This phenomenon is particularly helpful for the tropical climate of South Asian and other countries. As construction is done by aligning the bricks from both sides with the plain surface facing outwards. Buildings up to two stories can easily be constructed with this technique (Figure 2). the filler walls can be made of rat-trap bond. without showing any signs of distress till now. plastering is not necessary except in a few places.The air medium created between the brick layers helps in maintaining a good thermal comfort inside the building. In RCC framed structures. Baker has pioneered this type of construction and had built such houses more than 40 years ago. The finished surface is appealing to the eye. .
5 mm Enhances thermal comfort inside the building due to heat-resistant qualities of filler materials and the gap between two burnt clay tiles. tiles. These are safe. result in replacing unwanted and nonfunctional tension concrete. Makes saving on cost of this slab compared to the traditional slab by about 23%.FILLER SLAB IN ROOF: This is a normal RCC slab where the bottom half (tension) concrete portions are replaced by filler materials such as bricks. Reduces use of concrete and saves cement and steel by about 40%. These filler materials are so placed as not to compromise the structural strength. Slab thickness minimum 112. lowcost filler material like two layers of burnt clay tiles. thus resulting in economy. etc. cellular concrete blocks. . sound and provide aesthetically pleasing pattern ceilings and also need no plaster The main features of the filler slab are: Consumes less concrete and steel due to reduced weight of slab by the introduction of a less heavy.
doors. and the basic technique is easily acquired. slabs. among other things. it nevertheless employs them in a highly efficient and cost-effective manner. in the construction of roof channels. which acts as a reinforcement. various form works and biogas plants . latrines. It is relatively cheap. water tanks. strong and durable. Ferrocement in Auroville is used.FERRO CEMENT TECHNOLOGY Although ferrocement is not strictly a 'sustainable' technology as it uses cement and steel. Ferrocement is a thin cement mortar laid over wire mesh.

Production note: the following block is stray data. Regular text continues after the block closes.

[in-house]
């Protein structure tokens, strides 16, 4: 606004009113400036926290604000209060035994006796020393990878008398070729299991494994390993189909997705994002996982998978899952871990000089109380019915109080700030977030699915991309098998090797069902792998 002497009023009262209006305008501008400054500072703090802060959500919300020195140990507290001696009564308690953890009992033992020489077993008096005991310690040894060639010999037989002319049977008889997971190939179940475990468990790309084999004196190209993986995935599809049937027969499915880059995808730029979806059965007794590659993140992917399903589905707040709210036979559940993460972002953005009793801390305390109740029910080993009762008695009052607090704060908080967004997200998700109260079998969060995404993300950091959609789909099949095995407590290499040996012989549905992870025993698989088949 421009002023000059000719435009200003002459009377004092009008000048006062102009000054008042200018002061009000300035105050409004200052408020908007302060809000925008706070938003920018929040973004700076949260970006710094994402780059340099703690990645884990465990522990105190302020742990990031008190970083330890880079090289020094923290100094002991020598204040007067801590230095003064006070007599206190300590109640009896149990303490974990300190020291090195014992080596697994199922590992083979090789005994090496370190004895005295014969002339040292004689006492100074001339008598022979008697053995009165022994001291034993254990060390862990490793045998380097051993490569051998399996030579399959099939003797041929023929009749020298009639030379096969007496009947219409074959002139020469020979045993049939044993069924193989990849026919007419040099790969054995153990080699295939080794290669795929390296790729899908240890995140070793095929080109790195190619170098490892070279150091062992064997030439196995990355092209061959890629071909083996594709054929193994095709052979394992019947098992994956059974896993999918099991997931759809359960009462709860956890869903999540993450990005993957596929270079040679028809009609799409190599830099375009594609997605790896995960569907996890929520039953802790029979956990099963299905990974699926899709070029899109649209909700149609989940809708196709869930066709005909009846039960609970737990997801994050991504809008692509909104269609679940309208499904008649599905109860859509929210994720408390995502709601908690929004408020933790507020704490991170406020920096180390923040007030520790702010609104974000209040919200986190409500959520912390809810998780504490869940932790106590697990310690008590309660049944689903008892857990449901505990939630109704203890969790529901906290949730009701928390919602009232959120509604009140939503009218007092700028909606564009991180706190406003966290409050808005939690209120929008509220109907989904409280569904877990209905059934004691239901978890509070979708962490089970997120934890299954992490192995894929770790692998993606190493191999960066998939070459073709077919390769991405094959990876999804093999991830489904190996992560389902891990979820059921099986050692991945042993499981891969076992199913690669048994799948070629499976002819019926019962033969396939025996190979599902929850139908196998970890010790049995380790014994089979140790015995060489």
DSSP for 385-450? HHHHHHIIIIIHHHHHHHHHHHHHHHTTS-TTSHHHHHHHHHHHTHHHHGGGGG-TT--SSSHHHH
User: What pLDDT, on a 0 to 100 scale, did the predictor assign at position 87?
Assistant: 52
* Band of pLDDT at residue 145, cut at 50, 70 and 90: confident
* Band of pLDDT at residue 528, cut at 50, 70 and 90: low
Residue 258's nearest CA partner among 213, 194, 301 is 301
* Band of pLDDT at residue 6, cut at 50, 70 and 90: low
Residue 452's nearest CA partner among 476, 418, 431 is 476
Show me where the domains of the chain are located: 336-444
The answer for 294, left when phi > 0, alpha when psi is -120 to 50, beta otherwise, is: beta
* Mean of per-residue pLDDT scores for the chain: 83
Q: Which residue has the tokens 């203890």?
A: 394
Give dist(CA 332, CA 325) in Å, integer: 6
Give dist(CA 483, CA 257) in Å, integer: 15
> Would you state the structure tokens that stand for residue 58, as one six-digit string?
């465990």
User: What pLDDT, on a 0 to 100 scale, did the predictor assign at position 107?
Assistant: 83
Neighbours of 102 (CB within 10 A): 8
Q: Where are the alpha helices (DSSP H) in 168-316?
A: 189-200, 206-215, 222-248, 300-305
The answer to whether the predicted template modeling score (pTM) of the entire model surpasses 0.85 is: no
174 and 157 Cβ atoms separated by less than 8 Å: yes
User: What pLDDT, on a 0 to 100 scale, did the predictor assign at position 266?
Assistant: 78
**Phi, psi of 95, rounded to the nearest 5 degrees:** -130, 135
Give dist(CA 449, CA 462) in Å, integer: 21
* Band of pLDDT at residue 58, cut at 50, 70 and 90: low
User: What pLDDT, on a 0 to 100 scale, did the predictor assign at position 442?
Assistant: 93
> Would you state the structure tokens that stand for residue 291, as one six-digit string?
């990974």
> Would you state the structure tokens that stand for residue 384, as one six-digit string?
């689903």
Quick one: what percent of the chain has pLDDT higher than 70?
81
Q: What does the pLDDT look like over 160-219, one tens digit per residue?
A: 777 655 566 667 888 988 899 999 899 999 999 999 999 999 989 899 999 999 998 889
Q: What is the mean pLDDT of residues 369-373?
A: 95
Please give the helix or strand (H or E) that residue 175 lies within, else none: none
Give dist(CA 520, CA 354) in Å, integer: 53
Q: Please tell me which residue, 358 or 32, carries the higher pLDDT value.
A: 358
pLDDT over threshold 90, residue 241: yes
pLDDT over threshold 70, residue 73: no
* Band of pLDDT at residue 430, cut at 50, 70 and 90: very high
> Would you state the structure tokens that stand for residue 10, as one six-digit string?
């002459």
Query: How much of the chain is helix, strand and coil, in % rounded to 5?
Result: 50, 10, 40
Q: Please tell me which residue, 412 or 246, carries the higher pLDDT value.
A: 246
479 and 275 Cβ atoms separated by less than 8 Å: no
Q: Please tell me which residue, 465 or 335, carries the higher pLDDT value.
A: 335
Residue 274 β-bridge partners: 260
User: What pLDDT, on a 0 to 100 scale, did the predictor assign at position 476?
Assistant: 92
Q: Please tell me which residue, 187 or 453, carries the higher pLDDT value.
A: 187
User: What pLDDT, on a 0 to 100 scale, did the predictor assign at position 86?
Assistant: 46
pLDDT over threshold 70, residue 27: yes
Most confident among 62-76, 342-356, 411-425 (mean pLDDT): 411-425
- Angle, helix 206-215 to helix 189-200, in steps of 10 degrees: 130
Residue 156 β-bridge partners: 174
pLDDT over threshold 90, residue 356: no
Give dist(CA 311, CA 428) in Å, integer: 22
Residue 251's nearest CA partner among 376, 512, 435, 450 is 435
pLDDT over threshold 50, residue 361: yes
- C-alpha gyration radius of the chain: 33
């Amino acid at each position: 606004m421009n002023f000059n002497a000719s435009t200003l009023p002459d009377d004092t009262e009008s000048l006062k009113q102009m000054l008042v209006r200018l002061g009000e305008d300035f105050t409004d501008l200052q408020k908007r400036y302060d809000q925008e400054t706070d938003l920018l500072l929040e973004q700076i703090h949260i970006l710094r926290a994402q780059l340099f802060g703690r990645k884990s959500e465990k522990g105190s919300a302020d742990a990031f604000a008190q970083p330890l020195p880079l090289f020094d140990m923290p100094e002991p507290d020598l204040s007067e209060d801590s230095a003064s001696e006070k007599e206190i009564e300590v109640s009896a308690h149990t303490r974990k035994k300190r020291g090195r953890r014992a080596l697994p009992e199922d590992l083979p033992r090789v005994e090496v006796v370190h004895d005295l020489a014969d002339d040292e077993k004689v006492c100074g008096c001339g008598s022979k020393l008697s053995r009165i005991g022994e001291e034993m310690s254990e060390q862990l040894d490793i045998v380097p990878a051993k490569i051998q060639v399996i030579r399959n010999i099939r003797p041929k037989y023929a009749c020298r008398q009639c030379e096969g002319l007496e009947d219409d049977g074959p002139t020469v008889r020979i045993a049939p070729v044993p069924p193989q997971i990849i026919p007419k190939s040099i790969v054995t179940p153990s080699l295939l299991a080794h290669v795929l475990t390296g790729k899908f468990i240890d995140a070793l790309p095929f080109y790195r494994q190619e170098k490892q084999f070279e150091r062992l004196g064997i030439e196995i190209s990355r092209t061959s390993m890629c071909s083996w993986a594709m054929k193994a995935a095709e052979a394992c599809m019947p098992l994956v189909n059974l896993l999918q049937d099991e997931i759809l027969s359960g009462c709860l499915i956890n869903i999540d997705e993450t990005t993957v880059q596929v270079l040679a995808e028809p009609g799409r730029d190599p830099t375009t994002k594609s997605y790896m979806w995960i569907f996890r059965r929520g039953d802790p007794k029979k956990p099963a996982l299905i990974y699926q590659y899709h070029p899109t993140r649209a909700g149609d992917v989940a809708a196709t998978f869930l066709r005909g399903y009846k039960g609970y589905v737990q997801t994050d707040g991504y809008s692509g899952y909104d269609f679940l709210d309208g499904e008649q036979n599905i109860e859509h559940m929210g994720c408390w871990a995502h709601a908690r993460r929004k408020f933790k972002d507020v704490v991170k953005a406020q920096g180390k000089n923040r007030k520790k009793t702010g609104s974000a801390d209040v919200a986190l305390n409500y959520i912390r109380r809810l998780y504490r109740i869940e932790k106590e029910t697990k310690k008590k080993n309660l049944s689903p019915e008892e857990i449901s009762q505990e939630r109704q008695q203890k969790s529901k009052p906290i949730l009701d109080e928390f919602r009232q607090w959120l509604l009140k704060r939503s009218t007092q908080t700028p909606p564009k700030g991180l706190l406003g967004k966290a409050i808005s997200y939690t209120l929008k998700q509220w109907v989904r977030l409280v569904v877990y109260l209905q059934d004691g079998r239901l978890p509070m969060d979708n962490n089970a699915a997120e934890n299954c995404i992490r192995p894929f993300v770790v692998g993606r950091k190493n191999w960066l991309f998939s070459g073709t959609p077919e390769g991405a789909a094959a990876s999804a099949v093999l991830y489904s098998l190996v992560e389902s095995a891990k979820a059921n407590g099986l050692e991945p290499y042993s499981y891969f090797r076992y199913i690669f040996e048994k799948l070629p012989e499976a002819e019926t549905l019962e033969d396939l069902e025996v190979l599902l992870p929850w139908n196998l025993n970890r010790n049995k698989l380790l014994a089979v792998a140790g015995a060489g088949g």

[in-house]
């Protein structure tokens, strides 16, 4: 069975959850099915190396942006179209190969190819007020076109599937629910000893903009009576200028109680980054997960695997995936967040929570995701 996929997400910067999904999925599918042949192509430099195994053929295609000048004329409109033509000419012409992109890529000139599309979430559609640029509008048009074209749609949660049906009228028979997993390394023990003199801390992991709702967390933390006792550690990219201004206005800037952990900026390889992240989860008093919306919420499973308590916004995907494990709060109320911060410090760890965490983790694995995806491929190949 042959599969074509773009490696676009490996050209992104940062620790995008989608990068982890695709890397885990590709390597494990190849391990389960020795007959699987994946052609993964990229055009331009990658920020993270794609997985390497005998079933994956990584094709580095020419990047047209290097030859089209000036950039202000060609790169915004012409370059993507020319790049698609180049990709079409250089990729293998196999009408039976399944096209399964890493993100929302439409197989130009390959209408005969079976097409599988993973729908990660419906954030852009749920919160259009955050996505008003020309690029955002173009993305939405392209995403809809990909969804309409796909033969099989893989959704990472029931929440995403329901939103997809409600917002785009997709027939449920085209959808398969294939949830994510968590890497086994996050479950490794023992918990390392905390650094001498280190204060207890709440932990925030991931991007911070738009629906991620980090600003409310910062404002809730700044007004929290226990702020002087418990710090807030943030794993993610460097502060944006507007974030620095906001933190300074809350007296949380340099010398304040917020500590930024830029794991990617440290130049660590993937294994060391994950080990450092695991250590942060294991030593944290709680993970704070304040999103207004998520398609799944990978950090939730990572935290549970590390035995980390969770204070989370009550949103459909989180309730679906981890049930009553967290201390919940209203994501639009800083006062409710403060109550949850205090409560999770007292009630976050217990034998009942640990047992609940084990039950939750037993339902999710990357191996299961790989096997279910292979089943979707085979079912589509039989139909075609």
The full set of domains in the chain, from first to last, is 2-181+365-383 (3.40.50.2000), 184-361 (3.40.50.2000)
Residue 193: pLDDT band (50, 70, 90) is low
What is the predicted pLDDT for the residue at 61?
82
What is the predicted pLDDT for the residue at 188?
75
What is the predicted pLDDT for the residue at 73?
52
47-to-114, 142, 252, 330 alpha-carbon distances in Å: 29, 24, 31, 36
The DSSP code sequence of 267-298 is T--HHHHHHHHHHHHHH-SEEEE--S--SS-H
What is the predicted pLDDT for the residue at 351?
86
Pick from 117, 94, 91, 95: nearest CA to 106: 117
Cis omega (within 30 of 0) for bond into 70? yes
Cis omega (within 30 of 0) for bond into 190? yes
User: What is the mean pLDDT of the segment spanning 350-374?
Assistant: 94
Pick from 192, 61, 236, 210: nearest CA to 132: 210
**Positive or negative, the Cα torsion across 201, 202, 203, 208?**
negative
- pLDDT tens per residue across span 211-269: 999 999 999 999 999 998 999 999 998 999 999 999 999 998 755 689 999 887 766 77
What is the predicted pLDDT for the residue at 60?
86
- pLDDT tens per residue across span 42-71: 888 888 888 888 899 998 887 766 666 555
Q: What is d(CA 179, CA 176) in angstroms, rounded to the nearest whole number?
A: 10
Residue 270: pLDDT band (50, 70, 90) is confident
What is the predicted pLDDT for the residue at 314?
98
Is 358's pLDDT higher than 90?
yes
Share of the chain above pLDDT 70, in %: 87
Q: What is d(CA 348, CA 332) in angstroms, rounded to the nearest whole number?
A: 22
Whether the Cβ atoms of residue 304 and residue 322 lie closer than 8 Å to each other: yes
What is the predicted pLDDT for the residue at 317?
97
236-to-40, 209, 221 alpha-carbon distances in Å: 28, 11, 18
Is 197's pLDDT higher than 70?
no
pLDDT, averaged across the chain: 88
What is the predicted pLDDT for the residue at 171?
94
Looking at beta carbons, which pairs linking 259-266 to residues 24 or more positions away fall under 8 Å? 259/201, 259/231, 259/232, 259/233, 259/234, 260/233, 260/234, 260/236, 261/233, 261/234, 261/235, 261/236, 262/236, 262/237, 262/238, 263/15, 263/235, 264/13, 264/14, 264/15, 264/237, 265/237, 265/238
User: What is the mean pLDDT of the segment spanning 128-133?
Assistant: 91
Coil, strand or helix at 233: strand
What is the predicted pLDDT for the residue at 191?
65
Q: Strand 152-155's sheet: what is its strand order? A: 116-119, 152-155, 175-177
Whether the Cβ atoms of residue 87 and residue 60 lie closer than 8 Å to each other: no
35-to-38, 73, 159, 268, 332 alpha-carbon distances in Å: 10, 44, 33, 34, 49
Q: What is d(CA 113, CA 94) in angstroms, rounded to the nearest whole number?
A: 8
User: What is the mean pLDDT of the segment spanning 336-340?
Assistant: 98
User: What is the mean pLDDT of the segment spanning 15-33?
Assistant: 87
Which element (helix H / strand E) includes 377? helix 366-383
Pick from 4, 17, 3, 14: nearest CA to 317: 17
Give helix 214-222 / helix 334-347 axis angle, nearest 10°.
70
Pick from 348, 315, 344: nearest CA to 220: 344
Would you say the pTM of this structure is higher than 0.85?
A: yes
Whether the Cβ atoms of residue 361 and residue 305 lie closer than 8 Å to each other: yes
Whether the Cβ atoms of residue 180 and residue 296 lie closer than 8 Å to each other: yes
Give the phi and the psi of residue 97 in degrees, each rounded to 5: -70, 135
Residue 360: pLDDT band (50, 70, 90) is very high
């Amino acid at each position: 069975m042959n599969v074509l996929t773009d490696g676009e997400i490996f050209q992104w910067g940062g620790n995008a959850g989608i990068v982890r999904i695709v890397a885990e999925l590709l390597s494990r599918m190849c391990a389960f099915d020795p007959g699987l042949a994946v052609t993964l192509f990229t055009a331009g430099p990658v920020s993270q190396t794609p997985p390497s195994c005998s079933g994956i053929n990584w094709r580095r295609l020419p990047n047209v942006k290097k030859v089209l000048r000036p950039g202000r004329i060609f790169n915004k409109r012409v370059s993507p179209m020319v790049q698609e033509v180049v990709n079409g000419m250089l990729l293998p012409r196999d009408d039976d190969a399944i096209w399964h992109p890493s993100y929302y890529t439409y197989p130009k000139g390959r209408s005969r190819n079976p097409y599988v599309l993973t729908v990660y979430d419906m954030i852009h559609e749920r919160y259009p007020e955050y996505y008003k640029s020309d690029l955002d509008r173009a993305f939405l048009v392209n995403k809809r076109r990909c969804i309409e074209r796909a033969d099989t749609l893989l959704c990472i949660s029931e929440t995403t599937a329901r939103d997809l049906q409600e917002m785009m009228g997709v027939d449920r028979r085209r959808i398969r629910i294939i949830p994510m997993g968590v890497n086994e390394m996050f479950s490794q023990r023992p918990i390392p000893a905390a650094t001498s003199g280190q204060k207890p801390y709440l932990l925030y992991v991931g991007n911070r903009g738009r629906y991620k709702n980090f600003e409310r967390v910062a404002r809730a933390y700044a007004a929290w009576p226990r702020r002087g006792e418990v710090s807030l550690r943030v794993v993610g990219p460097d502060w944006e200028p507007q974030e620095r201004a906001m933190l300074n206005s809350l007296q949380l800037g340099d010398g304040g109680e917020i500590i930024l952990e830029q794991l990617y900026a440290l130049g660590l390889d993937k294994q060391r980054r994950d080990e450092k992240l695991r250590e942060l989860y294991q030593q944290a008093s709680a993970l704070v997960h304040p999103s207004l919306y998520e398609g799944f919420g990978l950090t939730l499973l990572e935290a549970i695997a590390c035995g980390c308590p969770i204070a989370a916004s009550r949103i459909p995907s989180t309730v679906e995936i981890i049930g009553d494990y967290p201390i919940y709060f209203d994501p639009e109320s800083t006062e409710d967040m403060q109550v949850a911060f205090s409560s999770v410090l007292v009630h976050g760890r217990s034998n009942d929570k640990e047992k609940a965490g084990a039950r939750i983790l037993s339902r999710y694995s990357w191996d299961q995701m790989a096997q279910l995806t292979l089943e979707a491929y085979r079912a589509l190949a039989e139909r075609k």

where layers of continuous mesh are covered on both sides with mortar n Ferrocement elements are durable. It is precast using moulds A ferrocement channel uses less cement and steel while having the same strength as the same RCC FC are used for floors or roofs. transportation has to be organized while taking care against damage Ferrocement channels are lifted into place and can immediately be joined together in order to provide a shelter No need of scaffoldings. light and waterproof n A ferrocement channel (FC) is a longitudinal element of a curved section (often semi-cylindrical). shuttering. concrete mixer or vibrator . but are bad thermal insulators A major cost reduction is achieved compared to RCC A simple and cheap manufacturing set up is needed but the areas for prefabricating and curing need to be quite large It is easy to acquire the skill and easy to manufacture A constant quality control is needed during the manufacturing process and a proper curing is needed for one month If the channels are not manufactured on site.FERRO CEMENT TECHNOLOGY A ferrocement is a thin wall of reinforced cement. versatile.